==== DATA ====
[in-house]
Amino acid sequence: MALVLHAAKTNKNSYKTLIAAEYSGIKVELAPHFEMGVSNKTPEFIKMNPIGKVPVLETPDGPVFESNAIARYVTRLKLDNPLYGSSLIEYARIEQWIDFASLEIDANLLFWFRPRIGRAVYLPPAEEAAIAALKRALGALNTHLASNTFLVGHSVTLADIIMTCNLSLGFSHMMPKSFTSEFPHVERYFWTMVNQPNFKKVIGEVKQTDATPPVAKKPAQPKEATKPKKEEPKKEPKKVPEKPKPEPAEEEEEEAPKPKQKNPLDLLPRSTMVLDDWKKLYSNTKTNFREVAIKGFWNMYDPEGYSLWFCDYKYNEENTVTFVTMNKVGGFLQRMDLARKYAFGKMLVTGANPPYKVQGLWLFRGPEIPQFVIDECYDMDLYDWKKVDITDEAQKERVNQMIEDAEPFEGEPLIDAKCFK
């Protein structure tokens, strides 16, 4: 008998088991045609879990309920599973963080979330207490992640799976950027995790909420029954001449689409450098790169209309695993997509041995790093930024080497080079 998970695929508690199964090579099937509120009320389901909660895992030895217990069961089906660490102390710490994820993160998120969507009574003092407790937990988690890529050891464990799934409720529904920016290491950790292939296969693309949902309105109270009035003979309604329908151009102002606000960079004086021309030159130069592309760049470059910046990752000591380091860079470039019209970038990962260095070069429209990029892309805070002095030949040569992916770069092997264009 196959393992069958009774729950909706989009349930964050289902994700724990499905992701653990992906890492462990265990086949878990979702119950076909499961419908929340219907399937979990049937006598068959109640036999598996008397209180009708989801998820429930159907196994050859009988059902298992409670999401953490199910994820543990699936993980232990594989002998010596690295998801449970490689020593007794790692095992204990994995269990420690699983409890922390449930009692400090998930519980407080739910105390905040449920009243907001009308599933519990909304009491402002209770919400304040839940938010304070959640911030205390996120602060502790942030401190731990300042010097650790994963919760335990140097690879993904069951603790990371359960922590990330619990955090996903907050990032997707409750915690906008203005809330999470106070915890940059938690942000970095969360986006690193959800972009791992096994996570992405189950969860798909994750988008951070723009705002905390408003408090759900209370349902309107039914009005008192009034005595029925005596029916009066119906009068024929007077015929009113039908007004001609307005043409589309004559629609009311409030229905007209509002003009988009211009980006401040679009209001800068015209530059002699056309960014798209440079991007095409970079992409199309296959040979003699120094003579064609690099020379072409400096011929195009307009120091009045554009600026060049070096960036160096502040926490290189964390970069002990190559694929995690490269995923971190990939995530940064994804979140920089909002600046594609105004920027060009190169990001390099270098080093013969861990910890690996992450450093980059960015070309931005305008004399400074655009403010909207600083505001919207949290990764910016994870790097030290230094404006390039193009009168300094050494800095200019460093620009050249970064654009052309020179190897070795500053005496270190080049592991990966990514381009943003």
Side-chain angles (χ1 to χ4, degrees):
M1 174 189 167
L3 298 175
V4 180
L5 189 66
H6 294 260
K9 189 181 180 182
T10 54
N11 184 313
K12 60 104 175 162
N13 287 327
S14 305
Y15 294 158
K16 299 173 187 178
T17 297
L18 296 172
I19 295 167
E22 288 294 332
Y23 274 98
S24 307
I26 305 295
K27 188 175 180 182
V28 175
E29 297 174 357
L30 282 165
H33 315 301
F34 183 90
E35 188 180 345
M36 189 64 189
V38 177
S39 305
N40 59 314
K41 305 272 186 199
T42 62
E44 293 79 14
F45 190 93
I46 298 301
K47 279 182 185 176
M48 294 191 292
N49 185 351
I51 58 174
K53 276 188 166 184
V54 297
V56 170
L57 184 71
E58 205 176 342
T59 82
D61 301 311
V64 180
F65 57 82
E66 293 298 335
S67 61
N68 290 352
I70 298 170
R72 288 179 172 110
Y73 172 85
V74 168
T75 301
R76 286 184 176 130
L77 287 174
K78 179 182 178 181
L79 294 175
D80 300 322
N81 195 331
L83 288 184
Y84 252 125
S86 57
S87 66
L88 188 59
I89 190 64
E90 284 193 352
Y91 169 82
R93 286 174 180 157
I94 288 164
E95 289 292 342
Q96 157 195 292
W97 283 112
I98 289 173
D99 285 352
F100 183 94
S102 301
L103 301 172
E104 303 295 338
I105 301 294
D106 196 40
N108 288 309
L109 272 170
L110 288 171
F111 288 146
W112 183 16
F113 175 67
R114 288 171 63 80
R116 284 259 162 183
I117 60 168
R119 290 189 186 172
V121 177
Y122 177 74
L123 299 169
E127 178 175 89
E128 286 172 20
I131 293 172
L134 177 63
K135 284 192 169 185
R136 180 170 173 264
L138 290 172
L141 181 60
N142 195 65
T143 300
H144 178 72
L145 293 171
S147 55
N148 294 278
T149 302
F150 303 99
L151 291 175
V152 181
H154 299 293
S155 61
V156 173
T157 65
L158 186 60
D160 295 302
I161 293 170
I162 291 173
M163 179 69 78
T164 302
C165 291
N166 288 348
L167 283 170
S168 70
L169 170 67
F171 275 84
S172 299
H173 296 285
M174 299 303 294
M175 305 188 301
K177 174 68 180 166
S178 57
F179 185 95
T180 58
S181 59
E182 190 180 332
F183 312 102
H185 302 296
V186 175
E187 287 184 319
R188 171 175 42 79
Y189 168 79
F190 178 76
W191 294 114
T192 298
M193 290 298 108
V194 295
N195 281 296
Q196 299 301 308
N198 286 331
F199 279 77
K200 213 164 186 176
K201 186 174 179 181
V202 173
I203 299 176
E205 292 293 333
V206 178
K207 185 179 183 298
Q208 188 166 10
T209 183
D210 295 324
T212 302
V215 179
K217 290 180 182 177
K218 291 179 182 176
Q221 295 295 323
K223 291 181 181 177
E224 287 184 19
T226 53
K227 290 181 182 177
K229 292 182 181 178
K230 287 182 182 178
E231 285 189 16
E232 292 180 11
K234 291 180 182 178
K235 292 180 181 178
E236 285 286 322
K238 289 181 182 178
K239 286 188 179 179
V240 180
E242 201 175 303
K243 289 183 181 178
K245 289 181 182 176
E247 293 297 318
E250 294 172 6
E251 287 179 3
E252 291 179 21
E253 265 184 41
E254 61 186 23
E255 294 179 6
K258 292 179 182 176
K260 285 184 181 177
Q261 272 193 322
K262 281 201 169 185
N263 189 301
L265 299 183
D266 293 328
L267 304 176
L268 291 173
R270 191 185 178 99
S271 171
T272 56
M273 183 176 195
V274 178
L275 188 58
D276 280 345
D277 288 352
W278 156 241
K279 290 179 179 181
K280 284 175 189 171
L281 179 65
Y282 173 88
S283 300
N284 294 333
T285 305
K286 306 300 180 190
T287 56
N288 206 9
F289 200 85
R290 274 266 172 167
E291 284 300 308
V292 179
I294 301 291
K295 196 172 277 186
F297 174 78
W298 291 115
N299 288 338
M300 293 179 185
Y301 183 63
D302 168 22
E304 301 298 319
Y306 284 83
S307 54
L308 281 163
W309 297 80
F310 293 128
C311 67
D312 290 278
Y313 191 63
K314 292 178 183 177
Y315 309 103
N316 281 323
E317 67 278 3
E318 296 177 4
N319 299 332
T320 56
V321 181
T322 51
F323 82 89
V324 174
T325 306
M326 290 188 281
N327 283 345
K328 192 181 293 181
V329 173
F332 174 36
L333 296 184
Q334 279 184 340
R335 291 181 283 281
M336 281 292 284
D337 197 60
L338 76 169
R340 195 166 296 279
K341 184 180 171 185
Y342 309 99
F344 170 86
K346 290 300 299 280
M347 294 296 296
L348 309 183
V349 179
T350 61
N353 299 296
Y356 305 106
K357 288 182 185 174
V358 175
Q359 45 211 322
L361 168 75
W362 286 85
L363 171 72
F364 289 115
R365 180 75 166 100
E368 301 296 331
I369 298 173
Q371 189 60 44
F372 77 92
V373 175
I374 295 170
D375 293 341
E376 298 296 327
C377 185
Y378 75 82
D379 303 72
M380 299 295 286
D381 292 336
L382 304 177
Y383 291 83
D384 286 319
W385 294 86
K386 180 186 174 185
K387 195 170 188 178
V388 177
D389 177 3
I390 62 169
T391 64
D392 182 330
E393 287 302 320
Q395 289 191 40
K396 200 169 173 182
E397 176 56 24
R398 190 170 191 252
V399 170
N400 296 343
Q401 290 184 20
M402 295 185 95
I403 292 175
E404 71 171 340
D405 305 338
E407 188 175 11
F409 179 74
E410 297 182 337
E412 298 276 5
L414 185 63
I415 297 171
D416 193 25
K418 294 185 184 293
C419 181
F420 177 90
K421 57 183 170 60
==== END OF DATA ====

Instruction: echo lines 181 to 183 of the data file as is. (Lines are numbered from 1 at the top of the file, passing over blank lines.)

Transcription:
K230 287 182 182 178
E231 285 189 16
E232 292 180 11